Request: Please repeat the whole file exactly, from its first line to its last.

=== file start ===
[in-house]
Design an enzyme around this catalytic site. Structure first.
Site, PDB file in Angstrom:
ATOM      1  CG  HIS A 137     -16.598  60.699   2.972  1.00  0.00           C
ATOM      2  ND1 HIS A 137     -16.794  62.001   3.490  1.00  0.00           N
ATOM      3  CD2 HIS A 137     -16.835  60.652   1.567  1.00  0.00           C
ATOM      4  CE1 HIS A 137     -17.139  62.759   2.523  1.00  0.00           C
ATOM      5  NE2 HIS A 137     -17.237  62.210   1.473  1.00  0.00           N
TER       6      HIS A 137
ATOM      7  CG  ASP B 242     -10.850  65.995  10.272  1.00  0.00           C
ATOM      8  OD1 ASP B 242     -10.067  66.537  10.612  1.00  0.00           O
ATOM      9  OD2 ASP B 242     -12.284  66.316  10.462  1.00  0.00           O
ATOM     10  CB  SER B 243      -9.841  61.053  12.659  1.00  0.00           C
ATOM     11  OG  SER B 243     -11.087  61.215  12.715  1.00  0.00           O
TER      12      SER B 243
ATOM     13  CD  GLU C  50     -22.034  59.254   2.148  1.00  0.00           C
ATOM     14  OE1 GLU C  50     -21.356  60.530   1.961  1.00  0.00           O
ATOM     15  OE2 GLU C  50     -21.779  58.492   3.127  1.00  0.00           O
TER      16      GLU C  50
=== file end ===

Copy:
[in-house]
Design an enzyme around this catalytic site. Structure first.
Site, PDB file in Angstrom:
ATOM      1  CG  HIS A 137     -16.598  60.699   2.972  1.00  0.00           C
ATOM      2  ND1 HIS A 137     -16.794  62.001   3.490  1.00  0.00           N
ATOM      3  CD2 HIS A 137     -16.835  60.652   1.567  1.00  0.00           C
ATOM      4  CE1 HIS A 137     -17.139  62.759   2.523  1.00  0.00           C
ATOM      5  NE2 HIS A 137     -17.237  62.210   1.473  1.00  0.00           N
TER       6      HIS A 137
ATOM      7  CG  ASP B 242     -10.850  65.995  10.272  1.00  0.00           C
ATOM      8  OD1 ASP B 242     -10.067  66.537  10.612  1.00  0.00           O
ATOM      9  OD2 ASP B 242     -12.284  66.316  10.462  1.00  0.00           O
ATOM     10  CB  SER B 243      -9.841  61.053  12.659  1.00  0.00           C
ATOM     11  OG  SER B 243     -11.087  61.215  12.715  1.00  0.00           O
TER      12      SER B 243
ATOM     13  CD  GLU C  50     -22.034  59.254   2.148  1.00  0.00           C
ATOM     14  OE1 GLU C  50     -21.356  60.530   1.961  1.00  0.00           O
ATOM     15  OE2 GLU C  50     -21.779  58.492   3.127  1.00  0.00           O
TER      16      GLU C  50